Joseph is the author of articles praising the Black Power movement, and of Dark Days, Bright Nights, From Black Power to Barack Obama (2010).  In the book, Joseph lionizes Stokely Carmichael, founder of the Student Nonviolent [sic] Coordinating Committee and early promoter of the phrase "black power."  Carmichael's choice of the word "Nonviolent" was a deliberate subterfuge to camouflage his advocacy for a violent revolution that would lead to a separate black nation.  Yet Joseph writes things like:

Carmichael's political activism as a local organizer in the Deep South ... represented a commitment to transforming American democracy fundamentally[.] ... Carmichael's first task as an organizer was to combat poverty that stifled dreams[.]

These phrases could have come out of Barack Obama's mouth, and in fact Joseph proposes that the Obama presidency is a fulfillment of the Black Power movement -- which he means as an accolade.

Joseph has this to say about the violent, misogynistic, drug-dealing thugs in the Black Panther Party:

Black Panthers Huey P. Newton and Bobby G. Seale ... sought nothing less than to transform the living conditions for poor blacks in Oakland via a ten-point program that called for land, peace, bread, and justice.

Somehow seizing land to give to black nationalists seems incompatible with peace and justice.

These revisionist views about the Black Panthers and SNCC strike me as radical, and not something I'd want taught to my children.  Ironically, when I was looking into Dr. Joseph's frequent use of the word "democracy," I came across the Black Agenda Report ("News, commentary & analysis from the black left"), where Joseph is accused of being an "Establishment Courtier" and a "brand name huckster" who throws around "terms [like democracy] with no fixed meaning" to "propagat[e] brands."  Ah, well...so much for no enemies on the left.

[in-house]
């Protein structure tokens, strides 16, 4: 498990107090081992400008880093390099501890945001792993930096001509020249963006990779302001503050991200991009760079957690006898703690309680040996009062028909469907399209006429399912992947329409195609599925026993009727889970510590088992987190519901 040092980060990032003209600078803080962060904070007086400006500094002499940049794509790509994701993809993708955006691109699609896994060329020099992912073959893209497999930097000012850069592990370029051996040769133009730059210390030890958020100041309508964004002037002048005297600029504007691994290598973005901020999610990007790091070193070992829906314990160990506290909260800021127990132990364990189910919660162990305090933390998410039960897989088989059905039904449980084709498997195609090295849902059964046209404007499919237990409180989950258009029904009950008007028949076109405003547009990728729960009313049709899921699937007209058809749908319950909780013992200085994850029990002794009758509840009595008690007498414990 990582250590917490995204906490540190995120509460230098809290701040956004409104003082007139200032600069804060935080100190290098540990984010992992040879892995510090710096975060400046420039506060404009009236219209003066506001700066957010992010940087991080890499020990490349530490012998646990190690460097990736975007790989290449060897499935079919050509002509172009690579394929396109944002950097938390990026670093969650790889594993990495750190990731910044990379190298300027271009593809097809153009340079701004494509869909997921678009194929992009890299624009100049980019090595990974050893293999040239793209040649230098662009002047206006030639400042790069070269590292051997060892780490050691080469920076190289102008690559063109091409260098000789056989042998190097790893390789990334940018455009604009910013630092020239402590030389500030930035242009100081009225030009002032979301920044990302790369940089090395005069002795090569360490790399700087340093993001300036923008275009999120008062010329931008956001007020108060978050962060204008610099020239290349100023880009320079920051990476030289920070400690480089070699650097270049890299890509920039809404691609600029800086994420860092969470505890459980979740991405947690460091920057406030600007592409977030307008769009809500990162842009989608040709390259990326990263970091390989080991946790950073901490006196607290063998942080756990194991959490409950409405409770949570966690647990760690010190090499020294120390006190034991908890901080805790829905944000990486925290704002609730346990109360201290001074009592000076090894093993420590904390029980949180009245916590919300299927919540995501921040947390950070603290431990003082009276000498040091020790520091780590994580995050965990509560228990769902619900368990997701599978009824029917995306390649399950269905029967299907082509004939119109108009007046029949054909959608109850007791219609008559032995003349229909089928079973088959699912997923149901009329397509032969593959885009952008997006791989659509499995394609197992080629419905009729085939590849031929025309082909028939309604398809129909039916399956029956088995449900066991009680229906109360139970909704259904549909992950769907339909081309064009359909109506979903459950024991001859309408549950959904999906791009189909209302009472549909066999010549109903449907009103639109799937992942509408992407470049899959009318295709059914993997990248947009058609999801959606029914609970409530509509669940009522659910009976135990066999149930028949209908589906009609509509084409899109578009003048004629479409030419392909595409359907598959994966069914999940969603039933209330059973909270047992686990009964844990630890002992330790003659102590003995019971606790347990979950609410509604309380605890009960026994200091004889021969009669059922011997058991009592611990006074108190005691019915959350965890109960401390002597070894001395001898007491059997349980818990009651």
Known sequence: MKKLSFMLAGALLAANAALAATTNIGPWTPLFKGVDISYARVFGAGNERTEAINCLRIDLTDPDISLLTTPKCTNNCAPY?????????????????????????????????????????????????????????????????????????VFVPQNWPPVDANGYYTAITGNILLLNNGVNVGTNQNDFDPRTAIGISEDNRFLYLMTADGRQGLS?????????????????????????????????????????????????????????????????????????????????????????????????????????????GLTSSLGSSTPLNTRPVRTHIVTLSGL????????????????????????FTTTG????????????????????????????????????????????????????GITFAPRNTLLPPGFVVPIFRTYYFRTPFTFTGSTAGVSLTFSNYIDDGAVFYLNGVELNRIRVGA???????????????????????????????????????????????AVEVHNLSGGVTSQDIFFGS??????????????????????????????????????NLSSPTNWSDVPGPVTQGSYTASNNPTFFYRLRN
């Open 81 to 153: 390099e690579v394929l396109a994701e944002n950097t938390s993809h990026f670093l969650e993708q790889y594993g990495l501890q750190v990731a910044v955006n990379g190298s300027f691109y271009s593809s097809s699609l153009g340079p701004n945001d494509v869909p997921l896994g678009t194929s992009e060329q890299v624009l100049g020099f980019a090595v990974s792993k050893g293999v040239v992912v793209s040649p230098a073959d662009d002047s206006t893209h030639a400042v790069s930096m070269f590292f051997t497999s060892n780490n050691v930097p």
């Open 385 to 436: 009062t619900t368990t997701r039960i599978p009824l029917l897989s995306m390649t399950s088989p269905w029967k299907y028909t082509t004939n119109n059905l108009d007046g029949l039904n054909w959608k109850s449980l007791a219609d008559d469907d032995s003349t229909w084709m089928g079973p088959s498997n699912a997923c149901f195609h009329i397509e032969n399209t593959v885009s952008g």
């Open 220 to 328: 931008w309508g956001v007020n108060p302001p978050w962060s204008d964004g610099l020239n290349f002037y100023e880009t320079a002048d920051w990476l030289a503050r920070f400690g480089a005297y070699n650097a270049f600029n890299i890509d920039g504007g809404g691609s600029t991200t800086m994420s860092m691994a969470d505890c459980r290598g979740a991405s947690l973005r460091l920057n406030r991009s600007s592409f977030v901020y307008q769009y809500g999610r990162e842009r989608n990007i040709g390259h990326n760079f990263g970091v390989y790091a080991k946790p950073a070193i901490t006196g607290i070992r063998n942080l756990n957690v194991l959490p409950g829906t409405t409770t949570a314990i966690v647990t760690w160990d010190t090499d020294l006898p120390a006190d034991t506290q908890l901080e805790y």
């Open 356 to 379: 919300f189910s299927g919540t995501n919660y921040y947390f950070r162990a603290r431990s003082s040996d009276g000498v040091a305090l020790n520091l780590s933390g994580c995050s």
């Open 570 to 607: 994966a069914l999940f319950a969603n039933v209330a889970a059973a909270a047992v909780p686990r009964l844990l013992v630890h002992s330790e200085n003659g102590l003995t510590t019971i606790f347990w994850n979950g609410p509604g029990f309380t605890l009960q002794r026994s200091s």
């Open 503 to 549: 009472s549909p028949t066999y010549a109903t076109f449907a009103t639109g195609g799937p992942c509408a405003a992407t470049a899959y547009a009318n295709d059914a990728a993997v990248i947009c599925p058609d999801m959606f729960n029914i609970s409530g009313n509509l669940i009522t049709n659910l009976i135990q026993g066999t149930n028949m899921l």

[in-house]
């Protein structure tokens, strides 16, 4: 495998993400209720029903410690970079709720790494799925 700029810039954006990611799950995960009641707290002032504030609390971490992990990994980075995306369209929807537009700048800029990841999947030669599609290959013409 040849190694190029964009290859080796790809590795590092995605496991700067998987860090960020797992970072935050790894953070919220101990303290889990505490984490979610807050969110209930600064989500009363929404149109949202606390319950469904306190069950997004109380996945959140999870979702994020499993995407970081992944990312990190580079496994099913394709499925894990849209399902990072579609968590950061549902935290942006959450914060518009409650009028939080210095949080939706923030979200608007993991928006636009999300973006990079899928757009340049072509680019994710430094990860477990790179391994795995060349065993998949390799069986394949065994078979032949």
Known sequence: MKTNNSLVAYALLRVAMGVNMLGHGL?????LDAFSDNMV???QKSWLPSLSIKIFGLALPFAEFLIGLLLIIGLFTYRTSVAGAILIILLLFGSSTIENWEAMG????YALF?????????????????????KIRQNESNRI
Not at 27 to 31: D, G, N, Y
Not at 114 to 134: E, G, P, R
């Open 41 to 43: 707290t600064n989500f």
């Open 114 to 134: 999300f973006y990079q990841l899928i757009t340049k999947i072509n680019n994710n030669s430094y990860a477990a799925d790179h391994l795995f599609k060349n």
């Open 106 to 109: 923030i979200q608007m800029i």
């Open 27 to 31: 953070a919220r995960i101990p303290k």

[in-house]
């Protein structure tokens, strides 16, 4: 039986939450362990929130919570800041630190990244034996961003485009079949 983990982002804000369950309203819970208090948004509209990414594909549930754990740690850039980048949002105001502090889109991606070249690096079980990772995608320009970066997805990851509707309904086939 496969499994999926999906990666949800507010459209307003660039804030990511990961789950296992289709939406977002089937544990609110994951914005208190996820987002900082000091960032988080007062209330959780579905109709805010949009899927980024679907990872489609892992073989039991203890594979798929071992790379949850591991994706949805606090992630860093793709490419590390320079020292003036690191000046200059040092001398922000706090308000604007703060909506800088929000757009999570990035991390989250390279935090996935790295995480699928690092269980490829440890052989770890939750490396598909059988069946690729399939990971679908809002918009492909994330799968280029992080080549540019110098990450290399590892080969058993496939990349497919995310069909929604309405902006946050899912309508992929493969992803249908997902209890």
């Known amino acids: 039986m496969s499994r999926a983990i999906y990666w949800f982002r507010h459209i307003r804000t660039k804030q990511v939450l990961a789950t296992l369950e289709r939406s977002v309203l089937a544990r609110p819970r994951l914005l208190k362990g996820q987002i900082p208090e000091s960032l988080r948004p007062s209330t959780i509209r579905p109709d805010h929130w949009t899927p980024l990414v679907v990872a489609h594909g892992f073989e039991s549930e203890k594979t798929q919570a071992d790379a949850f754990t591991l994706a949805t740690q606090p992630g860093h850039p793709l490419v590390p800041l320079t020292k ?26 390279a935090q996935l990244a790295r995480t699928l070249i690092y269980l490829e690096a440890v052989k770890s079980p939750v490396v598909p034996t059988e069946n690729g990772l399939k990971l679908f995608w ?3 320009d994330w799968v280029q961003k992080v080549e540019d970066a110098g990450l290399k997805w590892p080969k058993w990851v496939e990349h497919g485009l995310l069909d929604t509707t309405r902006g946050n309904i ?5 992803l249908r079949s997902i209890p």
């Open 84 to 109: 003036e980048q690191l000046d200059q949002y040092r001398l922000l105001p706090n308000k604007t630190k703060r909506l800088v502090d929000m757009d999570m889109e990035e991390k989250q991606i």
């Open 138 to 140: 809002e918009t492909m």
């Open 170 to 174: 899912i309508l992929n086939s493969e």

Additionally, the goal of Tufts' new Africana program is not simply scholarship about Africa.  The Globe reports:

[James] Jennings, who will serve as the faculty principal of the center, said his role will be to demolish the walls between scholarly discourse and ground-level work by helping students and colleagues experience the real-world applications of classroom theory.

Jennings writes elsewhere about "Collaborative Strategies for Community Building," aka  "community organizing."  In other words, the Africana program will use Tufts as a resource to train the next generation of community organizers.

Dean Berger-Sweeney is a neuroscientist with a Ph.D. in neurotoxicology.  Pity that she aspires to produce Tufts graduates who are experts on the "intersectionality" of "queer theory" and "the representation of identity within an Africana context."